I imagine that most of us are familiar with the popular slogan, “WWJD: What Would Jesus Do?” It’s a good question for us to ask when facing any choice. Today, however, we might ask ourselves the question, “WWJGD: What Would Jesus’ Grandparents Do?”

I say this because today we celebrate the memorial of Sts. Joachim and Anne, the parents of Mary, and the grandparents of Jesus. It’s from St. Anne that Mary learned to be a mother, and it’s for good reason that Anne is now honored as the patron saint of all Christian mothers.

I think that Joachim and Anne’s legacy of parenthood has much to teach all of us.

Tradition has it that when Anne learned from an angel that she was to have a child, she promised to dedicate that child to God’s service forever. That may sound quaint and old-fashioned to many modern ears, but if you think about it, many parents still choose to dedicate their children to something today. Unfortunately, they dedicate them, not to the service of God, but to the pursuit of worldly goals such as money, prestige, and power.

Indeed, all of us need to choose what we will dedicate our lives to, and it’s a choice we need to renew each and every day. As we consider our options, we might ask ourselves: “What would Jesus’ grandparents do?” I think they would tell us to pursue, not to a lifetime of worldly success, but an eternity of blessedness with God. Saints Joachim and Anne, pray for us!

Readings for today’s Mass: http://www.usccb.org/nab/072611.shtml

Image Credit: Wikipedia Commons

7 Replies to “WWJGD?”

  1. I’m sorry, Father, but I don’t agree that WWJD is a “good question”. I think that it is silly and presumptuous, not only because we simply cannot have any genuine insight into the mind of Christ. An example: if the scene with the money changers in the Temple weren’t described in the Gospels, would any good Christian choose the solution Jesus has chosen? I think not.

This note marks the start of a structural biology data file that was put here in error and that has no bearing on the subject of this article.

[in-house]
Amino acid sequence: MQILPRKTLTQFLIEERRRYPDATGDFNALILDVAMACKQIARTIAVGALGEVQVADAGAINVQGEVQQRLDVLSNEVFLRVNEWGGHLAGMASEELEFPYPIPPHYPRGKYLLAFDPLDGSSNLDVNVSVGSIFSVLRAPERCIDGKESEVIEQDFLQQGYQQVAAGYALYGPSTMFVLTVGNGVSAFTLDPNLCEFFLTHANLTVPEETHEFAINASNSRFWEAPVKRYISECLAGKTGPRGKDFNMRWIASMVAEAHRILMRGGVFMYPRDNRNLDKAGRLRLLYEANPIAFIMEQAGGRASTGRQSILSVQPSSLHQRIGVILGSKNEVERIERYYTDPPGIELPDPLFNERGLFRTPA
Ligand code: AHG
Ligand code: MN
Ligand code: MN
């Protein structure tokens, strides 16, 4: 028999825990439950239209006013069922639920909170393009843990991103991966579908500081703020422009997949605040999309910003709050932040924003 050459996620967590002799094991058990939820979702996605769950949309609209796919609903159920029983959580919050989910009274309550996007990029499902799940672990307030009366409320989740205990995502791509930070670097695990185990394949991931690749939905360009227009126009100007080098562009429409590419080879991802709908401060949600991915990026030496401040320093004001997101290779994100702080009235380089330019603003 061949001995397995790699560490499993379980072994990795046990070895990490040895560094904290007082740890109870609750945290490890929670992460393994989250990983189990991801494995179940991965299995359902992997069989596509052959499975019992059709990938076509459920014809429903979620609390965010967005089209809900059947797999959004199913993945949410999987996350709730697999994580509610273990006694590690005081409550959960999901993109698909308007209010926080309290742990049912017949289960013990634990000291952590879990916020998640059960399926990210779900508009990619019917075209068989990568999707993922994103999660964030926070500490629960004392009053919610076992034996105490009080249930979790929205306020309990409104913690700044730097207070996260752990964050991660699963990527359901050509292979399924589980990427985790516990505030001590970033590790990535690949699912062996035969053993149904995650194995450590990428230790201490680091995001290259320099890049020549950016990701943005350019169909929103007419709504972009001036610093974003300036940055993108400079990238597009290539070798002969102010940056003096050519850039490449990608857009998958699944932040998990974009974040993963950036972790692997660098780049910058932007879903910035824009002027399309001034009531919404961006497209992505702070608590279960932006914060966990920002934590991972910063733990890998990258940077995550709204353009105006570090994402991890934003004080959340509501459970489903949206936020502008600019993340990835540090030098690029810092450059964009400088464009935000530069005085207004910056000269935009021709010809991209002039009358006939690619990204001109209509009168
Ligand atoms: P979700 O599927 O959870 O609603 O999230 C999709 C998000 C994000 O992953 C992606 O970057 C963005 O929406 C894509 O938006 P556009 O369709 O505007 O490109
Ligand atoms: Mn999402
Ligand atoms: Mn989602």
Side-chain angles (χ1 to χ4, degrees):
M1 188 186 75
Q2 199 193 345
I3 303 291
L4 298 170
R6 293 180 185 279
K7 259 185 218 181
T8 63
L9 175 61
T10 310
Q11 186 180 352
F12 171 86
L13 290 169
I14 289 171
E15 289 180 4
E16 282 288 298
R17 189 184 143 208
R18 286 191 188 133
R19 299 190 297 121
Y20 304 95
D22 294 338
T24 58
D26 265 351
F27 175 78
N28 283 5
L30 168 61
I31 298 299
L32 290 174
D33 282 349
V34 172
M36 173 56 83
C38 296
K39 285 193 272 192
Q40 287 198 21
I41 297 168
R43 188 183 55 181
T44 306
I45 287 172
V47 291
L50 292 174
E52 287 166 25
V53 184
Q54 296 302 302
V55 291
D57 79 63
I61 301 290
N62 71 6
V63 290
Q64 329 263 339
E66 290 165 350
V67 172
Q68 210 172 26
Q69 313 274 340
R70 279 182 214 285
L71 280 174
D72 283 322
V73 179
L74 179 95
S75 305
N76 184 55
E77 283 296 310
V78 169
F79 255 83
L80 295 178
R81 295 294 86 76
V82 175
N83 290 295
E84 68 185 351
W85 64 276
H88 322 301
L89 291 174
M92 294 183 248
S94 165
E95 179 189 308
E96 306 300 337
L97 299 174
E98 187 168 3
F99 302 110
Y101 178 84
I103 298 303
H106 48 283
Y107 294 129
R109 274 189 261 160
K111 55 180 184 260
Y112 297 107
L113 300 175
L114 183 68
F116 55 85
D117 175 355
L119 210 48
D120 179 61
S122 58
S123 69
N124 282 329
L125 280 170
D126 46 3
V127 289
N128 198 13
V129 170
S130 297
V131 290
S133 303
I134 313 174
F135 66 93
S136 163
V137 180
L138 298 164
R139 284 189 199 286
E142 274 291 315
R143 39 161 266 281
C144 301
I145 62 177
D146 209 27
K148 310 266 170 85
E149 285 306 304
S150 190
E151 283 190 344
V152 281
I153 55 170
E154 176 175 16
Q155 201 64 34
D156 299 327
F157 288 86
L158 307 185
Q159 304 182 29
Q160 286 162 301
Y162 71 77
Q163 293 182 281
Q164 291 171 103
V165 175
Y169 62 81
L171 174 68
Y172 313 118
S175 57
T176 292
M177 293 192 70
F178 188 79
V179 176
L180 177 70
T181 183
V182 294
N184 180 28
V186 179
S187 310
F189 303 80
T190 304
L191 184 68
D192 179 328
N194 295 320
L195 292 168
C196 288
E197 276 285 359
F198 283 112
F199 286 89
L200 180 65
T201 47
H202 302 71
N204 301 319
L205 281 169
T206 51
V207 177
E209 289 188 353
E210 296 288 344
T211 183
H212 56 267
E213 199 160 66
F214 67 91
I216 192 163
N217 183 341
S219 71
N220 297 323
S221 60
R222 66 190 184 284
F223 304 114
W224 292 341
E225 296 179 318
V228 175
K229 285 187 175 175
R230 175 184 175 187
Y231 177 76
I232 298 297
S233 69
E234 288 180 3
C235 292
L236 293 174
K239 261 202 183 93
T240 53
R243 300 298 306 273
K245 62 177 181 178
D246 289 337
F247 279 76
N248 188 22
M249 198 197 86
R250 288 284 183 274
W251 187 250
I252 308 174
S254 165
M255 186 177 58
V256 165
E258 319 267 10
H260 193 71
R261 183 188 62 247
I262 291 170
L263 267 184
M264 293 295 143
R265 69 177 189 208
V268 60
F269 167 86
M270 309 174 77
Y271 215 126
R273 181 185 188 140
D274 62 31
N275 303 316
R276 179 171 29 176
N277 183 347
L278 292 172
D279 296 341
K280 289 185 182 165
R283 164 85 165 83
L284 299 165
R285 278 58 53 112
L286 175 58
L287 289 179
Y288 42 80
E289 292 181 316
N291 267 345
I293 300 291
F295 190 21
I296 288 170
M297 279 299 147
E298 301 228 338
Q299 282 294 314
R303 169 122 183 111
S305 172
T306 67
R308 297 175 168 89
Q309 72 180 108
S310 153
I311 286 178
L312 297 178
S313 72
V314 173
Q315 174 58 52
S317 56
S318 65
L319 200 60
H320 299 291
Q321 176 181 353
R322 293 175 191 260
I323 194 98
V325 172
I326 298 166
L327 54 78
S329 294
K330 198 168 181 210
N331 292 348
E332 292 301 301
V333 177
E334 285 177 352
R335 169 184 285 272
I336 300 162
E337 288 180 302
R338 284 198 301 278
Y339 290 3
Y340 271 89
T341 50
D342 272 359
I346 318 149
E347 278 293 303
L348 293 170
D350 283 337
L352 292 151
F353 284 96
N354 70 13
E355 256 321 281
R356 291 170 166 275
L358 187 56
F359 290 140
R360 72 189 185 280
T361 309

2. Like Marius I don’t like WWJD. At times I’ve found it the ‘last ditch’ response from others when wrestling over a religious discission and always found it led to ‘end-of-debate.’

    However, on one occasion I was inspired to reply, “if you want to know what Our Lord would do, ask yourself, ‘what would the Church do? after all it’s the Mystical Body of Christ.”

    I have pondered more on this concept and it seems to make great sense, although, I have to admit, my friendly debating opponents may differ.

    In Domina!

  3. Thank you for the comments! Yes, I certainly appreciate that “WWJD” is sometimes used as a conversation-stopping “zinger.” However, I’ve always understood it as a reminder to live my life in “imitation of Christ.” Jesus’ revelaltion of God in all he said and did, and this has implications for our behavior. This includes his cleansing of the Temple, in which he expresses an appropriate use of anger against injustice.


    Fr. Scott

    1. Father, I have never doubted the righteousness of Christ’s treatment of the money changers. What I am trying to say is that nowadays “WWJD” is used to propagate the saccharine, goody-goody travesty of Christianity, and we are all spiritually poorer for it. Would we remember to “express an appropriate use of anger” when faced with the Pelosis, Kennedys and Cuomos of this world!

  4. Fr. Hurd,
    Your comment is most appropriate. I first heard WWJD as a child at my grandfather’s knee. He was a prominent Methodist clergyman and I his Roman Catholic grandson. He was, without a doubt, one of the most catholic theologians I have known. This was before 1950, long before the phrase caught on as a slogan. It was largely responsible for what developed as my moral and ethical character’s foundation.

    I always caught his meaning to be, “How would Our Lord council you as you make this decision?”. Those were “awful words” because I had no doubt about the answer and it was often not what I wanted to hear.

  5. If we ask ourselves WWJD not in some abstract way, but WWJD along with what does the Church say about a situation, we shouldn’t make a mistake. After all, the Church “speaks” for Christ.

  6. Yes. we would all do well to view all of our decisions and choices through the “lens” of our discipleship in Christ. This is how I would understand WWJD.

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